State Law Provisions Regarding Tribal Education Departments as of January 2004

  1. Wisconsin was the first state in the Union to statutorily mention TEDs. In 1995 Wisconsin enacted a statutory American Indian Language and Culture Education Program. Wis. Stat. ?? 115.71 - 115.74. This program encourages school districts with Native American students to establish American Indian language and culture programs as part of the regular education curriculum. Id. at ? 115.72. Where such programs are established, a parent advisory committee must also be established to advise the school board of the committee's views of the program. Id. at ? 115.735. By statute, the school board must include on the committee representatives of existing TEDs, and must get recommendations from the TEDs for other committee member appointments. Id.

  2. In 1999 Montana became the second state to mention TEDs. Mont. Code Ann. ?? 20-1-501 - 20-1-503 (1999). Montana's new law is intended to help implement Montana's unique express constitutional recognition of the importance of Indian education. "The state recognizes the distinct and unique cultural heritage of the American Indians and is committed in its educational goals to the preservation of their cultural integrity." Mont. Const. art. X, ? 1(2). Among other things, the new law requires public schools and their staff to work with tribes and to include tribal heritage and contributions in providing instruction, implementing educational goals, and adopting education rules. Mont. Code. Ann. ? 20-1-501(2)(b). For purposes of this instruction in American Indian studies, the definition of "instruction" includes "inservice training provided by a local board of trustees of a school district, which is developed and conducted in cooperation with tribal education departments, tribal community colleges, or other recognized Indian education resources specialists . . . . " Id. at ? 20-1-502(2)(c).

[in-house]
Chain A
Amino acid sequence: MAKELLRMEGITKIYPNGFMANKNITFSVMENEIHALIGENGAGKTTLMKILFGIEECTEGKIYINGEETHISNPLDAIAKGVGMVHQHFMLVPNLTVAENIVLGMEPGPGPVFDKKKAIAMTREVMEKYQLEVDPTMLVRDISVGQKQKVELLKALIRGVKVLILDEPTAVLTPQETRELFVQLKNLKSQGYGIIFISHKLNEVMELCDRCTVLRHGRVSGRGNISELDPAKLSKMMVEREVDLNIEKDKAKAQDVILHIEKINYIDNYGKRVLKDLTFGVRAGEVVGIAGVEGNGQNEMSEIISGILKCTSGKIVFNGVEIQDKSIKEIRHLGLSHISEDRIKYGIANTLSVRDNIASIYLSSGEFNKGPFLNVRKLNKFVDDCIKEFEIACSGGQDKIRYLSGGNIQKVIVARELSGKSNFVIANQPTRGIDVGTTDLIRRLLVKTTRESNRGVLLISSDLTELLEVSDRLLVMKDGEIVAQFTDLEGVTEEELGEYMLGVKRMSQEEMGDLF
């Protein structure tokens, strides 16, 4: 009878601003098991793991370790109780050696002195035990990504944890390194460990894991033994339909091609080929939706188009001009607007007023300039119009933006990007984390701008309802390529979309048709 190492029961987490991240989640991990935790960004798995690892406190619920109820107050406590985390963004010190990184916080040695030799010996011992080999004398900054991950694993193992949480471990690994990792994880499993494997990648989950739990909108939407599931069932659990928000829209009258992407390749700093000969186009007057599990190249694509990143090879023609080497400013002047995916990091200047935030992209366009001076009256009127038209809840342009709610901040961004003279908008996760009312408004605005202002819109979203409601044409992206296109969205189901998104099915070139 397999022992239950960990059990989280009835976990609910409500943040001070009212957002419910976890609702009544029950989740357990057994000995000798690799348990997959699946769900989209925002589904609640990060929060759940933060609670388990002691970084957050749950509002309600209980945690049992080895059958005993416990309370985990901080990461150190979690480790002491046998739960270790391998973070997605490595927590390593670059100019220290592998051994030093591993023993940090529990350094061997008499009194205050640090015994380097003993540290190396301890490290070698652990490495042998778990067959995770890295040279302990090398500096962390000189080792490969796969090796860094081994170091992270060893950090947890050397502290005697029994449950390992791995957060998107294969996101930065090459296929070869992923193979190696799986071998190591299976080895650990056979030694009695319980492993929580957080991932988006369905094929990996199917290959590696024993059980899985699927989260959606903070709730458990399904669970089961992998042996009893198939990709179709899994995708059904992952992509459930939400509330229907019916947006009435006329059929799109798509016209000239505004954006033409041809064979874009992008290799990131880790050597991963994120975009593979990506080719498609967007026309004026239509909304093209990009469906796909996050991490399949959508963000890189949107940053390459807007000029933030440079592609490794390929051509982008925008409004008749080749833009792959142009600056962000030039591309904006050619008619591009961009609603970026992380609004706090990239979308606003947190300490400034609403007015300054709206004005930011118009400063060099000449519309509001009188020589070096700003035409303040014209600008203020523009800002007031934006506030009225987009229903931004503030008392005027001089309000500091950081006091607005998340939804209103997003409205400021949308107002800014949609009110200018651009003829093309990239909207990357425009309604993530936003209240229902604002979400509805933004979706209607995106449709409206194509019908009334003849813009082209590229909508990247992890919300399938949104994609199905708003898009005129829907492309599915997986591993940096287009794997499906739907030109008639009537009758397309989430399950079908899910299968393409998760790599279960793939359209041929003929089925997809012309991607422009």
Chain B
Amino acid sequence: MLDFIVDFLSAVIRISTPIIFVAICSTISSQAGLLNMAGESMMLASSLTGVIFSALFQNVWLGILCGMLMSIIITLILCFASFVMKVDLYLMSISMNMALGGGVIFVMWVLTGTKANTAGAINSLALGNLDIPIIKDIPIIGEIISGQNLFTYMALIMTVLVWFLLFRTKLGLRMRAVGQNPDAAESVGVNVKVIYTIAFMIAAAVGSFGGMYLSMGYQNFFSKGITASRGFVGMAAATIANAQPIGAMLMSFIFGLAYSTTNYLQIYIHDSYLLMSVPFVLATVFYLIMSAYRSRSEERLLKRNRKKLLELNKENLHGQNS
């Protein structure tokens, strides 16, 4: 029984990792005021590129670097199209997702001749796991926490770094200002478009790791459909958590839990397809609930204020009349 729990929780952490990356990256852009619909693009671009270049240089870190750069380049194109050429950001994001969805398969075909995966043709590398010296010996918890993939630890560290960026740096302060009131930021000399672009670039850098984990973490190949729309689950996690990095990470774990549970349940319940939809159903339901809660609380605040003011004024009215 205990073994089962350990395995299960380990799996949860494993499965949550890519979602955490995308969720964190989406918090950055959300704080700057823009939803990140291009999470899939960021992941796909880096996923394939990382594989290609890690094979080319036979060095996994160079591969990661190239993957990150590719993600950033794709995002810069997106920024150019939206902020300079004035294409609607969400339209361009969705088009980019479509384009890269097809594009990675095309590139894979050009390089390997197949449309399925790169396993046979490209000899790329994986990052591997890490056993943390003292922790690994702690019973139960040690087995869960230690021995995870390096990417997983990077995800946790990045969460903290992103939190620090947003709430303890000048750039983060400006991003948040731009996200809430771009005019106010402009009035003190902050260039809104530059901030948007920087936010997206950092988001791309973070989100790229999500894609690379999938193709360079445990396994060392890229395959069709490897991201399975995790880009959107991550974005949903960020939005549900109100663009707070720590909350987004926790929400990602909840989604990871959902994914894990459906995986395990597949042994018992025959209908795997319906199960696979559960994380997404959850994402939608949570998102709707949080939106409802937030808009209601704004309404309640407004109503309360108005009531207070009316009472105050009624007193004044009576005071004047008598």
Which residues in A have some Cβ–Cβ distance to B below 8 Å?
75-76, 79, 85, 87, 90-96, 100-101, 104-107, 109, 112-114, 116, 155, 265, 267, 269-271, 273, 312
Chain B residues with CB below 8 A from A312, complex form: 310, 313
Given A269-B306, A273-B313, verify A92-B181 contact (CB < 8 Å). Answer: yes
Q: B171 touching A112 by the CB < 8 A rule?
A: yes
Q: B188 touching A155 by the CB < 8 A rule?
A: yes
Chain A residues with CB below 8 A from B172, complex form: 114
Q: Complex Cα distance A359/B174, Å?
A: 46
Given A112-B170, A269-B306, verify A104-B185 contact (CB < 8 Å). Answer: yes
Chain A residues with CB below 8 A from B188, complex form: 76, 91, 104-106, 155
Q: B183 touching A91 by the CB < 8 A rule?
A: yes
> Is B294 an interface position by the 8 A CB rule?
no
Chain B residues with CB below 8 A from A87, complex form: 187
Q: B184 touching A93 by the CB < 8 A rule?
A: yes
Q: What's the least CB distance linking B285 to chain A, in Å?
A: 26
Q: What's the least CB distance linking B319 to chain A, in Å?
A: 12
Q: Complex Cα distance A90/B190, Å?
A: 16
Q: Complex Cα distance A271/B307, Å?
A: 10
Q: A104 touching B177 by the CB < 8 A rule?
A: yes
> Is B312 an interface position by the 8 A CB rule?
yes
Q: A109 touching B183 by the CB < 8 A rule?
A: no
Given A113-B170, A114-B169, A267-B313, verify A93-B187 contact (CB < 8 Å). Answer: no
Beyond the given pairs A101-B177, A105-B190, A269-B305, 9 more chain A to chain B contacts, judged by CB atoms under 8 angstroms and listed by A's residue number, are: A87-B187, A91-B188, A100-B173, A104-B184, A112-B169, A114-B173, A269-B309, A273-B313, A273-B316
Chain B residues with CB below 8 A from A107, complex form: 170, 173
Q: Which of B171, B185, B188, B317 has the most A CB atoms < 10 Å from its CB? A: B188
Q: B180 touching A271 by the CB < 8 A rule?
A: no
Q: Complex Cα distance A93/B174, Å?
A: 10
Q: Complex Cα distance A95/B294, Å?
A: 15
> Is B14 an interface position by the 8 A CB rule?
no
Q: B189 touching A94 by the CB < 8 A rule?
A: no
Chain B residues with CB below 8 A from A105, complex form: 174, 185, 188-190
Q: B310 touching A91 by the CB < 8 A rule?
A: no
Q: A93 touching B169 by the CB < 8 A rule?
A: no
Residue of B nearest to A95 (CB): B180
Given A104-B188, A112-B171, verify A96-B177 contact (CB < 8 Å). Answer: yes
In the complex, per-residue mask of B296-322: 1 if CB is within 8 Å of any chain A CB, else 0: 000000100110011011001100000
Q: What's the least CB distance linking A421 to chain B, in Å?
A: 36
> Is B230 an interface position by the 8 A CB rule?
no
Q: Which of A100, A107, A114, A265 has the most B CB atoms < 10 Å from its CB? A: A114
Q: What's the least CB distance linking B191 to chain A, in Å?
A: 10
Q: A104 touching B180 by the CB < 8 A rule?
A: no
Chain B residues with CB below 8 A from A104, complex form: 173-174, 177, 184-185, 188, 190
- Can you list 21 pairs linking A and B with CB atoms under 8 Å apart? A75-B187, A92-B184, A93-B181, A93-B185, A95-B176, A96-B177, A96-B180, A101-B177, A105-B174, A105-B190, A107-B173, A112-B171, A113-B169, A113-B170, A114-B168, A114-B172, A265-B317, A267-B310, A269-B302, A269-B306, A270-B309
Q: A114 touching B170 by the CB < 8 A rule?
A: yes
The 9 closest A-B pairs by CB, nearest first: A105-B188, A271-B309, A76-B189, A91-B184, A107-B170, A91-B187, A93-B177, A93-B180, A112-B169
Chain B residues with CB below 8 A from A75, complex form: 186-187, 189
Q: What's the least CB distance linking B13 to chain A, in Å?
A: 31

In 2003, the Montana legislature adopted a Joint Resolution requesting the State-Tribal Relations Committee to gather information about drop out rates, graduation rates, and at risk factors among Indian students in the state's public schools, and to develop a strategic plan to address the findings. Mont. H. R. J. Res. 8, 58th Sess. (2003). In implementing this project, the Committee must collaborate with the State Board of Education, the State Board of Regents, the Office of Public Instruction, school districts, education organizations, and TEDs. Id.

  3. In 2003, in its new Indian Education Act, New Mexico became the third state to statutorily mention TEDs. N.M. Stat. Ann. 22-23A-1 - 22-23A-8, see specifically 22-23A-2. This pathmarking state legislation also lists TEDs as among the stakeholders and collaborators who can improve education for tribal students.

Thus, in less than the last ten years, three state legislatures - without federal mandate - have recognized TEDs This recognition must be credited to the hard work of tribes, TEDs, Indian educators, and their counterparts at the state level, who are willing to accept a return to tribal governance of education.


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